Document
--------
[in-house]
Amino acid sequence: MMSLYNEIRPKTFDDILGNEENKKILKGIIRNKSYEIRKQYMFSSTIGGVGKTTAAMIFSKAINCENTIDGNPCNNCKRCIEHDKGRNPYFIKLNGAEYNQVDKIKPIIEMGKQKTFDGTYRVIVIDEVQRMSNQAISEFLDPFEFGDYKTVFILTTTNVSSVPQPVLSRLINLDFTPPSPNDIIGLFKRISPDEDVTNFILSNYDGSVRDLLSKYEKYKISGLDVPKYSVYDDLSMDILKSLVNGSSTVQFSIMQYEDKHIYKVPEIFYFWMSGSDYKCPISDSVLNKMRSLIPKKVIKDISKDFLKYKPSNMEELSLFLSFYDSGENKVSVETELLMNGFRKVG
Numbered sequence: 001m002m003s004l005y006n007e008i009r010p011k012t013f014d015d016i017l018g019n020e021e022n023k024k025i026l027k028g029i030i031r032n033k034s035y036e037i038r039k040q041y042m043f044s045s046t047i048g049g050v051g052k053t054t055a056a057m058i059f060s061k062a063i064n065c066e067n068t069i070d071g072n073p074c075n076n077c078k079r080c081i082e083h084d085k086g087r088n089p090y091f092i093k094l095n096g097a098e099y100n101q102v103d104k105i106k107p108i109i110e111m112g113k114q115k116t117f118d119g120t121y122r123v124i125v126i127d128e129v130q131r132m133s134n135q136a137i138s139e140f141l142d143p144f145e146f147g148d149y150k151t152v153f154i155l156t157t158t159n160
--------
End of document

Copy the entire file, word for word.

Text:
[in-house]
Amino acid sequence: MMSLYNEIRPKTFDDILGNEENKKILKGIIRNKSYEIRKQYMFSSTIGGVGKTTAAMIFSKAINCENTIDGNPCNNCKRCIEHDKGRNPYFIKLNGAEYNQVDKIKPIIEMGKQKTFDGTYRVIVIDEVQRMSNQAISEFLDPFEFGDYKTVFILTTTNVSSVPQPVLSRLINLDFTPPSPNDIIGLFKRISPDEDVTNFILSNYDGSVRDLLSKYEKYKISGLDVPKYSVYDDLSMDILKSLVNGSSTVQFSIMQYEDKHIYKVPEIFYFWMSGSDYKCPISDSVLNKMRSLIPKKVIKDISKDFLKYKPSNMEELSLFLSFYDSGENKVSVETELLMNGFRKVG
Numbered sequence: 001m002m003s004l005y006n007e008i009r010p011k012t013f014d015d016i017l018g019n020e021e022n023k024k025i026l027k028g029i030i031r032n033k034s035y036e037i038r039k040q041y042m043f044s045s046t047i048g049g050v051g052k053t054t055a056a057m058i059f060s061k062a063i064n065c066e067n068t069i070d071g072n073p074c075n076n077c078k079r080c081i082e083h084d085k086g087r088n089p090y091f092i093k094l095n096g097a098e099y100n101q102v103d104k105i106k107p108i109i110e111m112g113k114q115k116t117f118d119g120t121y122r123v124i125v126i127d128e129v130q131r132m133s134n135q136a137i138s139e140f141l142d143p144f145e146f147g148d149y150k151t152v153f154i155l156t157t158t159n160